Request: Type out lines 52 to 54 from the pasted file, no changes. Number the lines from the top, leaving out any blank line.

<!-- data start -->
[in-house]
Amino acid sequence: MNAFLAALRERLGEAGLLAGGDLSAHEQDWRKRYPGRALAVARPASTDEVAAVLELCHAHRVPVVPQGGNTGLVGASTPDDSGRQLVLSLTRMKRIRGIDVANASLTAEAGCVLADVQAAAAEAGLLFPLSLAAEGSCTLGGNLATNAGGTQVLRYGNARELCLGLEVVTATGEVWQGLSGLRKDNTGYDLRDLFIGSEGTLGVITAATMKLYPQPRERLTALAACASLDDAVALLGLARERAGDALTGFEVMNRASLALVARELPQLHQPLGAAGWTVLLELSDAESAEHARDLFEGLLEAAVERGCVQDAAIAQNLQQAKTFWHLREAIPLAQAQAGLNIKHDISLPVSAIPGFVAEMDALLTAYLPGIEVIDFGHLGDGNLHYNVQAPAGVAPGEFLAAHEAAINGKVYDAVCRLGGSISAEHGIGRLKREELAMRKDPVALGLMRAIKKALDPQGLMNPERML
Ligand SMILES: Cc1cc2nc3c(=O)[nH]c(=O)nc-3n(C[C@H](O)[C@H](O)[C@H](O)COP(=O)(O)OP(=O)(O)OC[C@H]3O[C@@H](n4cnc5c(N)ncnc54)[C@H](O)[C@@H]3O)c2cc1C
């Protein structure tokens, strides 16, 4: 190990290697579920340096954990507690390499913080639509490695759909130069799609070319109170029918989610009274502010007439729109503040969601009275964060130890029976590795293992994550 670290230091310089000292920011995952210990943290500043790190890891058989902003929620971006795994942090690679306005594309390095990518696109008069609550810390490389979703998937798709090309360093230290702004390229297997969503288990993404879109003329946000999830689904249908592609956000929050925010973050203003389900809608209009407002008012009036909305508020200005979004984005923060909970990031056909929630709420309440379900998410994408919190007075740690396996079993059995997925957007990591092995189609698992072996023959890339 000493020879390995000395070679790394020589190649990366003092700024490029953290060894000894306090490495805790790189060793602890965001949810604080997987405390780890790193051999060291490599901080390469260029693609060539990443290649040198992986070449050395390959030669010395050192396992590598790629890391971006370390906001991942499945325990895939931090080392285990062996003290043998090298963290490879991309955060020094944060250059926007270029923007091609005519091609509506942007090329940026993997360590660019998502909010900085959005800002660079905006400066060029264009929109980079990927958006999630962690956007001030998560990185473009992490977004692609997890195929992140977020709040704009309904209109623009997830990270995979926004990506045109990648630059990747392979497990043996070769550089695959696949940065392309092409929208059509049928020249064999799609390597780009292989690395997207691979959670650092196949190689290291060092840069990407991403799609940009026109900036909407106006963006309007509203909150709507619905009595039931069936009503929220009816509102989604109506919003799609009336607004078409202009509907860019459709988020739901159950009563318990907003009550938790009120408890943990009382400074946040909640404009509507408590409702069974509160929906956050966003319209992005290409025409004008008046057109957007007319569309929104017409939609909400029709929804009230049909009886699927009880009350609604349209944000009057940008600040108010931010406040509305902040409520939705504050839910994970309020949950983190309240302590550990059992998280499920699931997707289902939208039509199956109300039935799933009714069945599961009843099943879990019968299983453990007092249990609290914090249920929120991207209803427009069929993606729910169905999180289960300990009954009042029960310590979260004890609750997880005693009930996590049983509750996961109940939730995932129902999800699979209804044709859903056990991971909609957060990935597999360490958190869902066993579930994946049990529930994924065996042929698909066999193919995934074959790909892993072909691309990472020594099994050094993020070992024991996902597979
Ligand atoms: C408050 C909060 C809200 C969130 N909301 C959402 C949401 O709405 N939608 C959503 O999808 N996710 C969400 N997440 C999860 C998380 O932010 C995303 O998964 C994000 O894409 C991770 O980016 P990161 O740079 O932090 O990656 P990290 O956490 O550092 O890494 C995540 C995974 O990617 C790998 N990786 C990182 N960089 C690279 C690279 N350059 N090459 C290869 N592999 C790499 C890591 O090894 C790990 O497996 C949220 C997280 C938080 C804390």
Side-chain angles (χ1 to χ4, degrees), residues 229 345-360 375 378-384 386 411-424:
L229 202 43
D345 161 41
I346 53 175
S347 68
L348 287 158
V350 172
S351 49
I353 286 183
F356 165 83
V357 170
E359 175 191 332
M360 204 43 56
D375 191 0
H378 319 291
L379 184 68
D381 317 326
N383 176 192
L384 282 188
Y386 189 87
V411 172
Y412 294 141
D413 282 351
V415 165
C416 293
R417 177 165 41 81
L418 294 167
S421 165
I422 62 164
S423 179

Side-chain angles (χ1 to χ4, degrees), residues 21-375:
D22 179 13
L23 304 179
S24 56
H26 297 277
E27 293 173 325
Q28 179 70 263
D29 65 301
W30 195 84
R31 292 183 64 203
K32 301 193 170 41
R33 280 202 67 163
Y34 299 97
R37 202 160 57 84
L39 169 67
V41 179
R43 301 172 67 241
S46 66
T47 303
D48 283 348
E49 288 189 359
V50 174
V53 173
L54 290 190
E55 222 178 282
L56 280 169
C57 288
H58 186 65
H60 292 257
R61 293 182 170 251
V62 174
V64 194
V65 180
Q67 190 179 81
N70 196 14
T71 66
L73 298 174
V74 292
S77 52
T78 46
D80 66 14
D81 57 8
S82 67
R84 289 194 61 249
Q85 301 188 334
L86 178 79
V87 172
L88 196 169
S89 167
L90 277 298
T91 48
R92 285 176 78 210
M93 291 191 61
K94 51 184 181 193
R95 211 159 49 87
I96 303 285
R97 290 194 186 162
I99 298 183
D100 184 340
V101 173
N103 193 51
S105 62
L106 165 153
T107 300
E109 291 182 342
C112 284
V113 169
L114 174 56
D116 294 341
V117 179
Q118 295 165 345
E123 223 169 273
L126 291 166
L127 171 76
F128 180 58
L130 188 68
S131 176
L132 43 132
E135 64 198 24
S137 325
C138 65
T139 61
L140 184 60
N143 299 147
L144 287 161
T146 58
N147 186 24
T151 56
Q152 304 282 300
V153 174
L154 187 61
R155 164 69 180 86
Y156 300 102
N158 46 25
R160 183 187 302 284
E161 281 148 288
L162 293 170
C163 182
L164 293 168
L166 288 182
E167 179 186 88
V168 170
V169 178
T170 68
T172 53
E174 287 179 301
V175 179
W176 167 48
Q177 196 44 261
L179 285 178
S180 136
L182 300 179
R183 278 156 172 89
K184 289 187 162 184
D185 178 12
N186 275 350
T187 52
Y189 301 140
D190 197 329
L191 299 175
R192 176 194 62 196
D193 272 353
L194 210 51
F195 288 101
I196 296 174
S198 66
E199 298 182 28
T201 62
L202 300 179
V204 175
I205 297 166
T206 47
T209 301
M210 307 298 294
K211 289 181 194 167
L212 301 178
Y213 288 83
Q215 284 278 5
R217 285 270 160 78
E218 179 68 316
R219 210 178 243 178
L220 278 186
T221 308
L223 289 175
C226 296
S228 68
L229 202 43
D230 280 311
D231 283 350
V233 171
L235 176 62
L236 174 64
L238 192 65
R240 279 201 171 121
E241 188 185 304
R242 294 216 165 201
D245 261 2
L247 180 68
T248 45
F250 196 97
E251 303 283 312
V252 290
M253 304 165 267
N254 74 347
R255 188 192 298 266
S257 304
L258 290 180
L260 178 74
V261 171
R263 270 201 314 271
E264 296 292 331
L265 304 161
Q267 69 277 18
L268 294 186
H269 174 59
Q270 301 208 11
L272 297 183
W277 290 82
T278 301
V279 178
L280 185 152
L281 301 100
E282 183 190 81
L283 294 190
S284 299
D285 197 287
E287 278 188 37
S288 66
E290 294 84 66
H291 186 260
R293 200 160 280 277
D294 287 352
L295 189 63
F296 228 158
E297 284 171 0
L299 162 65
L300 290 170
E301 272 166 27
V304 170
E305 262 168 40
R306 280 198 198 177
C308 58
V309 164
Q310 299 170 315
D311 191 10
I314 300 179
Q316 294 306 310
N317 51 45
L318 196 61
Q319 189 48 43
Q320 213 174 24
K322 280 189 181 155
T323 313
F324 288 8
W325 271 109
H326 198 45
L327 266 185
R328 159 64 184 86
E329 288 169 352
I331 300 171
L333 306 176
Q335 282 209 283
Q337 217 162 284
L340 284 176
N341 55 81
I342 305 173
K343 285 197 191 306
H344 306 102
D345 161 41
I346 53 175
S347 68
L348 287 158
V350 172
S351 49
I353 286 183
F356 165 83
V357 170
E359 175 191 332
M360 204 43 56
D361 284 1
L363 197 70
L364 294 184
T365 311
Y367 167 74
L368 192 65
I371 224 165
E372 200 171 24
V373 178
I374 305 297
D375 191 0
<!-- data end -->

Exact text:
R43 301 172 67 241
S46 66
T47 303